I’ve been sitting on this review a while. I had high expectations for Tracy Chevalier’s Girl with a Pearl Earring, but it shares many weaknesses with New Boy. The next Chevalier book on my queue will be one with original characters and an original premise. She’s a strong writer, but Girl with a Pearl Earring is limited by Vermeer’s painting just as New Boy is limited by Othello. I want to see what Chevalier writes when not constrained by the works of others.
The story is simple: It follows Griet’s service to the Vermeer family up through the time she sits for her famous portrait. Griet’s family is poor so the comparatively wealthy Vermeer household is an adjustment. Between domestic squabbles, there’s sexual tension between her and Vermeer. A lot of reviews go on about the “romantic” aspects of this book, but I wasn’t feeling them. Griet lives for Vermeer’s attentions, but she seems more like a teacher’s pet than potential paramour. It’s hard to invest in a will-they-won’t-they conflict when it’s obvious they won’t. And oh, the vicarious embarrassment!
My chief issue with Girl with a Pearl Earring is that Chevalier immediately slots characters into their roles and doesn’t permit growth or development. At first, I liked her quick and effective characterizations because they jump-started the story. It was exciting to wonder what these fully-articulated people were going to do. After a few hundred pages, though, I realized that everyone was fundamentally the same as on page one despite the intervening decade. The distant (yet genius) painter remained a distant (yet genius) painter. The jealous wife remained a jealous wife. The bratty kid became a bratty teen. The sick person became—wait, they died, which passes for character development in this book.
Griet’s chief obstacle is young Cordelia, one of her charges, who is as ill-mannered and deliberately cruel on day one as on the last page. Their first and last meetings have the same climax: Griet slaps Cordelia. This final slap makes good narrative sense, but the first is odd. It was a different time to be sure, but I suspect that slapping a kid you haven’t been officially hired to manage might be a career-killer. Plus, it doesn’t mesh with Griet’s temperament. Because the second slap is so much more deserved, it undermines the first which I suspect was primarily included for the sake of parallel structure.
Back to Griet’s pining for Vermeer and the cringe factor. On one hand it’s relatable—we’ve all had a crush on an authority figure—but Vermeer is so cold and such a minor character. It’s probably realistic that their paths cross infrequently, but theirs is the only interesting relationship in the book and I wanted more of it. Griet’s other relationships are one-dimensional and predictable—Vermeer was the only chance of an unexpected moment. It was less that I wanted them to be together than I wanted something to happen.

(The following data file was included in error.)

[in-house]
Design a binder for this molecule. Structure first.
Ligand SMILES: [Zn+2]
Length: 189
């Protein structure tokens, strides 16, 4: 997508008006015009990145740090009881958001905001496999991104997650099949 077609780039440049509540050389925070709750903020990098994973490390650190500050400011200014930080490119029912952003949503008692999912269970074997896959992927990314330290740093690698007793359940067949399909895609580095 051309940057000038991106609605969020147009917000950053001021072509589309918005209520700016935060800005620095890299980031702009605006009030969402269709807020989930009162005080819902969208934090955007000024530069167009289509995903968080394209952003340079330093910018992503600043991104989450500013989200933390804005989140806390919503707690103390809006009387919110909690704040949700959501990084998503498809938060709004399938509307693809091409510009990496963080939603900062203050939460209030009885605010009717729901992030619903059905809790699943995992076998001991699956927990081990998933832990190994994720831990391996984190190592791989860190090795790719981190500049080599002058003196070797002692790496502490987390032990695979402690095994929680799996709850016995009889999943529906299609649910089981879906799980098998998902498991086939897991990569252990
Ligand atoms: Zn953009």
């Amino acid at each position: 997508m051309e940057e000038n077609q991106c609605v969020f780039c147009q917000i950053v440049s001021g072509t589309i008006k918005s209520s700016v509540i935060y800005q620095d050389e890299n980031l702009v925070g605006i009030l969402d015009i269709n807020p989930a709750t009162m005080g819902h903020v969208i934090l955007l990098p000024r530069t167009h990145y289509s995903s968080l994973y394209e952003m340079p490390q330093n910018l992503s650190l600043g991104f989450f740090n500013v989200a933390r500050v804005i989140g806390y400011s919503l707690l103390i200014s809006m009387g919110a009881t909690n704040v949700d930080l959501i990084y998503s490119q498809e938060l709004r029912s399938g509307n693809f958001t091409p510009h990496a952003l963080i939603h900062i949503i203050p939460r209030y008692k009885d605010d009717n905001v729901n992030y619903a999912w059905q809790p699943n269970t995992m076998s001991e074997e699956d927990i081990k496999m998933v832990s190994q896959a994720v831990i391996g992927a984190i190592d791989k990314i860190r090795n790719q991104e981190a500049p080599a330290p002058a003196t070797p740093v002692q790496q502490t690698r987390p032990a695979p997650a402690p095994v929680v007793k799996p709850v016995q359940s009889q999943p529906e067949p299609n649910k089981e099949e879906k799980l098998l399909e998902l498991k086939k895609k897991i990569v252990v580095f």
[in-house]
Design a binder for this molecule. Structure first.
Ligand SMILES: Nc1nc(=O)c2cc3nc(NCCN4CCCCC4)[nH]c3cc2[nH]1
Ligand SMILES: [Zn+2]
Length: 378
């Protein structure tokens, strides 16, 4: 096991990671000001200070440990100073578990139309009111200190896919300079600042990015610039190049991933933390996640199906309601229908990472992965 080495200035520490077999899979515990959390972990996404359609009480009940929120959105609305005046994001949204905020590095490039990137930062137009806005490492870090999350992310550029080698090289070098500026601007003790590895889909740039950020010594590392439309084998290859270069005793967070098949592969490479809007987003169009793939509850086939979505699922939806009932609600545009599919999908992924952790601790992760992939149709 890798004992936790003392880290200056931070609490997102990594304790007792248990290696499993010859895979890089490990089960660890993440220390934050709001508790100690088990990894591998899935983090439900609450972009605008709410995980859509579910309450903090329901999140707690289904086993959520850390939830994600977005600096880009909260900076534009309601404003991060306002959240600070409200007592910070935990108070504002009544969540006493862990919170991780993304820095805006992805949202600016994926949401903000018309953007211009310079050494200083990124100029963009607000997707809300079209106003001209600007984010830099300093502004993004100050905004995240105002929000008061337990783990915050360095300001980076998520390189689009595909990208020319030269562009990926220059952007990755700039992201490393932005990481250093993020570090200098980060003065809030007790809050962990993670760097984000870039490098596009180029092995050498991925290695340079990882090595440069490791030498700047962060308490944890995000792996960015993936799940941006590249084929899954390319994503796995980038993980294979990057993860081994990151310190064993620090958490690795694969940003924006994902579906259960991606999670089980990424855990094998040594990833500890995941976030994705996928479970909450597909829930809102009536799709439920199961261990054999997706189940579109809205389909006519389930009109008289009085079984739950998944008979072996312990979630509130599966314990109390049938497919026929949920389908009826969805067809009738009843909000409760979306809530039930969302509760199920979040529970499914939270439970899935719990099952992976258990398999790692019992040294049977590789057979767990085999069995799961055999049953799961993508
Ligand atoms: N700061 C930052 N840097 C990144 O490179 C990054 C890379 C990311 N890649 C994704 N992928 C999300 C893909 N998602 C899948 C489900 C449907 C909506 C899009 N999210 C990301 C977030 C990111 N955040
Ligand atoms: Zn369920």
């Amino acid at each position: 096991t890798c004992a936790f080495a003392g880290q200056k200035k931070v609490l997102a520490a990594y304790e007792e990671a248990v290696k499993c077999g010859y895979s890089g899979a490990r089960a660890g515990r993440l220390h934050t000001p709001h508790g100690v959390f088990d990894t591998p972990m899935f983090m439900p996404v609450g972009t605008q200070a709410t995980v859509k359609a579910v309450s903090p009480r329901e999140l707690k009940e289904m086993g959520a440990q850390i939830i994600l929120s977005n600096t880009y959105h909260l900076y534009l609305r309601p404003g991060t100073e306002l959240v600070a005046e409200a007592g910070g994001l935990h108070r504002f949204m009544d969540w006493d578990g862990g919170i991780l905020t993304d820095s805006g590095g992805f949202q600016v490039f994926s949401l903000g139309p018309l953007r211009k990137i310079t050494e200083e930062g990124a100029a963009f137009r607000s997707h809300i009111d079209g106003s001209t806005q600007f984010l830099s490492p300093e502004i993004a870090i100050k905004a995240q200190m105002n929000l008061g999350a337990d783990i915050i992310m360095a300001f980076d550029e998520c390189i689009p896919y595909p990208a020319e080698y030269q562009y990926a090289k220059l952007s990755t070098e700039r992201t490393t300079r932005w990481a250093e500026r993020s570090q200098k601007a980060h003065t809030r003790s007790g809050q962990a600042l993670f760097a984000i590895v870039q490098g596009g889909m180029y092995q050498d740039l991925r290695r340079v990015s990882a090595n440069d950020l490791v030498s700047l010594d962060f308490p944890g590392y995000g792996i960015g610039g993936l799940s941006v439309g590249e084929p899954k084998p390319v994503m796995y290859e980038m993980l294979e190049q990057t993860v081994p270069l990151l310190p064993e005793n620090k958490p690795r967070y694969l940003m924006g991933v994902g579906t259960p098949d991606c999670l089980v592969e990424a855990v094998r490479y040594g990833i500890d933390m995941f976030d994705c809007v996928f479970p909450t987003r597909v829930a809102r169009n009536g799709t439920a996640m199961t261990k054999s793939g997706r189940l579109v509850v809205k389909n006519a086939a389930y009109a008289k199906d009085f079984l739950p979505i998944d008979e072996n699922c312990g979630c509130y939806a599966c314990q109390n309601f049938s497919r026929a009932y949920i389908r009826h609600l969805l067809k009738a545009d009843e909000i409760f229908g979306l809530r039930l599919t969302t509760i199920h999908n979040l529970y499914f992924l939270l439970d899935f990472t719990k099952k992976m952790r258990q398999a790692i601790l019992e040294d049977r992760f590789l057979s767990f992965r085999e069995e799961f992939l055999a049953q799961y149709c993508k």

The ending builds to the moment when Vermeer paints her which is a known event. Exhibit A: The book cover. Obvious endings don’t always ruin the mood, but when everything else feels flat and predictable it feels like you’re on a plane and the pilot has been circling the airport the last few hours.
Sidenote: Why does Griet spend two day’s worth of her salary on a bit of numbing cream for her ear?? Ear piercings aren’t nearly so bad as she makes them out to be. If I’d read this book as a kid, I’d have far fewer holes in my ears.
Girl with a Pearl Earring is tough book to review because I read it in a single sitting and only realized that I didn’t like after turning the last page. This reaction is uncomfortably close to that of people who say, “Waiter, I want a refund on this disgusting food that I completely finished!” I don’t like those people. And yet, that’s how I feel about this book. I kept thinking it would go somewhere and mean something and I didn’t let the hope slip away until the last page.
Overall: 3.9 (out of 5.0) Girl with a Pearl Earring is readable, but repetitive and irritatingly one-dimensional. Chevalier is a good writer, clearly, so I don’t know why her stories leave me so cold. Where is the subtlety and nuance? Is she afraid of taking too much license with historical figures? If you know a better book by Chevelier, please name it in the comments.